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Organism with artificial DNA alphabet makes its debut

Genetic code of lab-made bacteria includes A, C, G, T and two synthetic molecules

1:00pm, May 7, 2014

Synthetic biologists have created the first living organism with a genetic code containing two artificial DNA bases in addition to the standard four letters: A, C, G and T.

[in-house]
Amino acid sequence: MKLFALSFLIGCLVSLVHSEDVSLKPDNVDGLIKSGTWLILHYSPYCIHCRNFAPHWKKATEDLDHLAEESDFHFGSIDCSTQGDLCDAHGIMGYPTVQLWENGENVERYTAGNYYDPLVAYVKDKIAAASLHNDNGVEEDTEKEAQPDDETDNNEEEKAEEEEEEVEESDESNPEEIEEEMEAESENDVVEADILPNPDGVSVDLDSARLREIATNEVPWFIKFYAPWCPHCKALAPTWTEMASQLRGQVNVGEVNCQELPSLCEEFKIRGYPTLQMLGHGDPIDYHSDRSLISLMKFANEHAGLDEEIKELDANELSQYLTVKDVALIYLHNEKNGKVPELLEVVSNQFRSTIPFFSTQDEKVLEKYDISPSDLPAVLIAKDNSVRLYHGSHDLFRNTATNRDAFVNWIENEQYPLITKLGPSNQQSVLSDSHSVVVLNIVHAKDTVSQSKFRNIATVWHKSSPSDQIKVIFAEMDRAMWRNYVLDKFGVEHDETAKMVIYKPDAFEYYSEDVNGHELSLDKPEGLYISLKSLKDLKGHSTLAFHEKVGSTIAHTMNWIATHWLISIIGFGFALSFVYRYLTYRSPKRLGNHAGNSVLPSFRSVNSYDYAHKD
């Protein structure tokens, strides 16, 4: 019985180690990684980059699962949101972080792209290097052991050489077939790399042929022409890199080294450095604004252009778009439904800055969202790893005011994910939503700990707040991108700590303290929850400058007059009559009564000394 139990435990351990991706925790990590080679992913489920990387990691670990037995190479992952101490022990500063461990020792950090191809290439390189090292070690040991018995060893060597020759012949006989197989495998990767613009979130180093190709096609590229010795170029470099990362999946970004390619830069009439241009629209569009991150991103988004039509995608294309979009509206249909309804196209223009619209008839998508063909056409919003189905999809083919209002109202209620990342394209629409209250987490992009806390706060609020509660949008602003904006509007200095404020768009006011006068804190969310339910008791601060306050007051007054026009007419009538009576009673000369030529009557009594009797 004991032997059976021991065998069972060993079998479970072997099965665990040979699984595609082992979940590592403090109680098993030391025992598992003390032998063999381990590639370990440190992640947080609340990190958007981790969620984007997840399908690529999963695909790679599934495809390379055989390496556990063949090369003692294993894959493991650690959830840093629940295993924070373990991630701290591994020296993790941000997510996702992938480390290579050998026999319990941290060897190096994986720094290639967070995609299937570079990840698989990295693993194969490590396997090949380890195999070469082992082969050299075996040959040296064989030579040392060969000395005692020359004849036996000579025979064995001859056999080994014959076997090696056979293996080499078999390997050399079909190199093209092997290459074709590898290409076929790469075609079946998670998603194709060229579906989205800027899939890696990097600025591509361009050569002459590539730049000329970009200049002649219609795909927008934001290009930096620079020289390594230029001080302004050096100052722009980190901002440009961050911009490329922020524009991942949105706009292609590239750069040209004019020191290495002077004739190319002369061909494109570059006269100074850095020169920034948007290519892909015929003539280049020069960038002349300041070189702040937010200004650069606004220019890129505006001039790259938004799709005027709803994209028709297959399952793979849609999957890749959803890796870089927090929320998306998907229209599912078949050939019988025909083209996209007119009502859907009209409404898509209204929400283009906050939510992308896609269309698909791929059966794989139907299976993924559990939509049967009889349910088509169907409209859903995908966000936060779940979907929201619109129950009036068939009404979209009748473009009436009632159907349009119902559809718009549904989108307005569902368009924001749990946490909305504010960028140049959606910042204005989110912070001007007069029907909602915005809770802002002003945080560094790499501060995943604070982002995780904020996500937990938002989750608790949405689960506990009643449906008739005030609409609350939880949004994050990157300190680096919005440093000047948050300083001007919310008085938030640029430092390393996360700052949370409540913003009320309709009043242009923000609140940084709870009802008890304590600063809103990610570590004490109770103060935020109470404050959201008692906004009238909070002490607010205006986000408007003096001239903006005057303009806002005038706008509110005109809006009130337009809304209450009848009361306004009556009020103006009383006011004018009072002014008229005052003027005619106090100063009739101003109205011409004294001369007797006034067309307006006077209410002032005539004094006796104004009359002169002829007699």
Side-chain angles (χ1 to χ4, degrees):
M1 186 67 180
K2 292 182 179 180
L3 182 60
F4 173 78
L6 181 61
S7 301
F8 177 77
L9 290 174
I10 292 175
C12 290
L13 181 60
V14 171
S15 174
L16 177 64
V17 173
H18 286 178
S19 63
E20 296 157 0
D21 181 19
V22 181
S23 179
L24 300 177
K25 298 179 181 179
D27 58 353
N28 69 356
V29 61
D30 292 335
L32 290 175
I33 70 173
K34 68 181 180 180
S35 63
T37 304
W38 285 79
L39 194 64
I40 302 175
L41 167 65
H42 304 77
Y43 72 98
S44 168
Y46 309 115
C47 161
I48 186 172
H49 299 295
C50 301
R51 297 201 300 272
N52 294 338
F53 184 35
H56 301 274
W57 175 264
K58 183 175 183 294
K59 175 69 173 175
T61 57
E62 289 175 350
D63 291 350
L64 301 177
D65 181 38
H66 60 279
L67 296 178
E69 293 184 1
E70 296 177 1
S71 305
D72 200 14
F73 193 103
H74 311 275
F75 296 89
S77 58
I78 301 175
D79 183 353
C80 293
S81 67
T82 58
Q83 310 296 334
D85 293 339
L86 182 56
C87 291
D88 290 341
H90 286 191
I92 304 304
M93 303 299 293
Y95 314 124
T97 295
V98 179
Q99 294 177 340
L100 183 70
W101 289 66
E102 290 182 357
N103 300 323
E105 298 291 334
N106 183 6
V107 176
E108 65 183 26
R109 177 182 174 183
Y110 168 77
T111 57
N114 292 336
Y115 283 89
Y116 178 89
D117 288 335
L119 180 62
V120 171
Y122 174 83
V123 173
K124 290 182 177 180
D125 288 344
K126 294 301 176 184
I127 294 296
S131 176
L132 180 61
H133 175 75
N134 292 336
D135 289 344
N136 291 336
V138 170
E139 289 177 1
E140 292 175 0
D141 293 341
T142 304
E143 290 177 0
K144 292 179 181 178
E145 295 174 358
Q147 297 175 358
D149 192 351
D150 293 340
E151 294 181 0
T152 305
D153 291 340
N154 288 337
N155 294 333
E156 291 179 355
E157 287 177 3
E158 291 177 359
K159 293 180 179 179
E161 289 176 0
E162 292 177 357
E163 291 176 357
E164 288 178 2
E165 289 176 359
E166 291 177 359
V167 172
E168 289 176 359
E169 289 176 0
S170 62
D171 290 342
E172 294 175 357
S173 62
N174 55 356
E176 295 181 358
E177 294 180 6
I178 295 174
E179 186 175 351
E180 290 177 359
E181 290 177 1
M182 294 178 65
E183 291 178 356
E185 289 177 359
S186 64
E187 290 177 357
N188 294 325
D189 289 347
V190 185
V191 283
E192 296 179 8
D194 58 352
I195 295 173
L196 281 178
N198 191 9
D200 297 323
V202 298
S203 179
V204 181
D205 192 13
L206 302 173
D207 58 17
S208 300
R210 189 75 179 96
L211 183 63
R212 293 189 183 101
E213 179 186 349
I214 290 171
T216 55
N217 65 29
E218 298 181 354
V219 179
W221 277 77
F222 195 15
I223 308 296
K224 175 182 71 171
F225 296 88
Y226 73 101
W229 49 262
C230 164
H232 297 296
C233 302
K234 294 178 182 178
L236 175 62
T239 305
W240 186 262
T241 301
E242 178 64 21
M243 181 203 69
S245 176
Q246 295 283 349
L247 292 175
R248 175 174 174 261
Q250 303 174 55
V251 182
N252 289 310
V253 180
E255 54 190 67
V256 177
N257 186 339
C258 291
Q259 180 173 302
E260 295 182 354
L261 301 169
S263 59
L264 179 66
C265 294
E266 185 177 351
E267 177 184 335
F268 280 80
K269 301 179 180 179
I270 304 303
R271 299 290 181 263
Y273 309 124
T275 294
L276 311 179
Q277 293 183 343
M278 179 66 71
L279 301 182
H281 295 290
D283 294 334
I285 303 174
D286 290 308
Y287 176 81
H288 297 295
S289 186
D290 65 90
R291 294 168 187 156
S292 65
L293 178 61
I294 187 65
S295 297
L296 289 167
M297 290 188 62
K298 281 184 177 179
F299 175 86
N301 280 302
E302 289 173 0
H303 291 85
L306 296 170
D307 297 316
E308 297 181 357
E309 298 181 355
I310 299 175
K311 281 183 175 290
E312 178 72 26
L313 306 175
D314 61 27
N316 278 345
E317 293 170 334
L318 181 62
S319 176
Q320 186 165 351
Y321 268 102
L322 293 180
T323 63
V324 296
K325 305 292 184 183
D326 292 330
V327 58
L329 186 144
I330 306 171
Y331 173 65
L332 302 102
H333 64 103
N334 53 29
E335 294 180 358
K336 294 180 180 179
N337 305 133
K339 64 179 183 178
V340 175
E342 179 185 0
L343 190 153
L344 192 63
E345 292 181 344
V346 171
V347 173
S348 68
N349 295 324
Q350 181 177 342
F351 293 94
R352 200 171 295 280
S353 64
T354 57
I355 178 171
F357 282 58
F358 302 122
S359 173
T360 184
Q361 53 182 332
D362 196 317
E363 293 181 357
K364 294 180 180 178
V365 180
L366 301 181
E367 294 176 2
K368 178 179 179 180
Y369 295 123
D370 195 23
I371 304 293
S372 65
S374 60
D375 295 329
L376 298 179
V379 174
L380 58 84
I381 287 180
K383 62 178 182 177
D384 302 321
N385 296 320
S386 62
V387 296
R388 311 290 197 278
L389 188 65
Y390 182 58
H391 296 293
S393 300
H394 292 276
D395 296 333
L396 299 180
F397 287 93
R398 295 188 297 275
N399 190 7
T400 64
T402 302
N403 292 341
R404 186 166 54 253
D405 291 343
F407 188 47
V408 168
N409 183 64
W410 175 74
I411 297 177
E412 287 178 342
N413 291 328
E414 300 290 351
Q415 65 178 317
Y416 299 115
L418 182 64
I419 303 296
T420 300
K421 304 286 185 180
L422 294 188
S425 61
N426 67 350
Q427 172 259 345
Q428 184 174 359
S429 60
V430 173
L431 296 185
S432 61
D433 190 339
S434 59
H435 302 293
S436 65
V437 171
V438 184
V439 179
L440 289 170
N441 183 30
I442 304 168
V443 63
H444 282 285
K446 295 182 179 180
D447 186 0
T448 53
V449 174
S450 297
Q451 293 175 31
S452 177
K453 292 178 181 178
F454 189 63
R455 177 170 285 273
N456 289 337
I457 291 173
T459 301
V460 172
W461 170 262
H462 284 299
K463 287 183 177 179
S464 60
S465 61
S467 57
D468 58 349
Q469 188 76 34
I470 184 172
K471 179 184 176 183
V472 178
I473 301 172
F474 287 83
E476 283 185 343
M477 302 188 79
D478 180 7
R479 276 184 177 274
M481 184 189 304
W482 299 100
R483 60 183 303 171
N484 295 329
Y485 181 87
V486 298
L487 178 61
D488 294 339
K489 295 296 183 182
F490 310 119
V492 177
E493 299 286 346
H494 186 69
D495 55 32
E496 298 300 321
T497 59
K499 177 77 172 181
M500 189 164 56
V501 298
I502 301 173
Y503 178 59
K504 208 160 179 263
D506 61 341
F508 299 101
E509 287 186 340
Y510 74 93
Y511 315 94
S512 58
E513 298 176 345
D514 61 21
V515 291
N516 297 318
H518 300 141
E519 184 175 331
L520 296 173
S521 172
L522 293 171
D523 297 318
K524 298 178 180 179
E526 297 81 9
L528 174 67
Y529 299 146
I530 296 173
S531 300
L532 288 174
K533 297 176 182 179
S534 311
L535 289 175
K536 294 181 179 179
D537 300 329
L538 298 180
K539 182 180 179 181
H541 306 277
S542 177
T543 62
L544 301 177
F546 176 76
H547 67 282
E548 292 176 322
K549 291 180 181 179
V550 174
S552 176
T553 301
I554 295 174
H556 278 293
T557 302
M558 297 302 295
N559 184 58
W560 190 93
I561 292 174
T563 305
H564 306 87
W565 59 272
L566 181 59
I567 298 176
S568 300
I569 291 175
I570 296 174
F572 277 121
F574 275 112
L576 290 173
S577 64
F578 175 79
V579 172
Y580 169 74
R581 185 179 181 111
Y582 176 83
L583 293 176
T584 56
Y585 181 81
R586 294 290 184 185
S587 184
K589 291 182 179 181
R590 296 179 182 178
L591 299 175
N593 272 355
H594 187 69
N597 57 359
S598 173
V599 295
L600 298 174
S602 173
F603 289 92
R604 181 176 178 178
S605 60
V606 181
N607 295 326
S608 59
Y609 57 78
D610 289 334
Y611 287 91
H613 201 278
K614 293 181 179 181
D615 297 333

The letters are the four DNA subunits, or nucleotides, which link together to make strings of genetic code. In most organisms, the nucleotides pair up (A’s with T’s and C’s with G’s), forming rungs of a twisted DNA ladder.

Floyd Romesberg of the Scripps Research Institute in La Jolla, Calif., and colleagues expanded the genetic language using a pair of synthetic nucleotides, called d5SICS and dNaM, which together make up a new rung of DNA.

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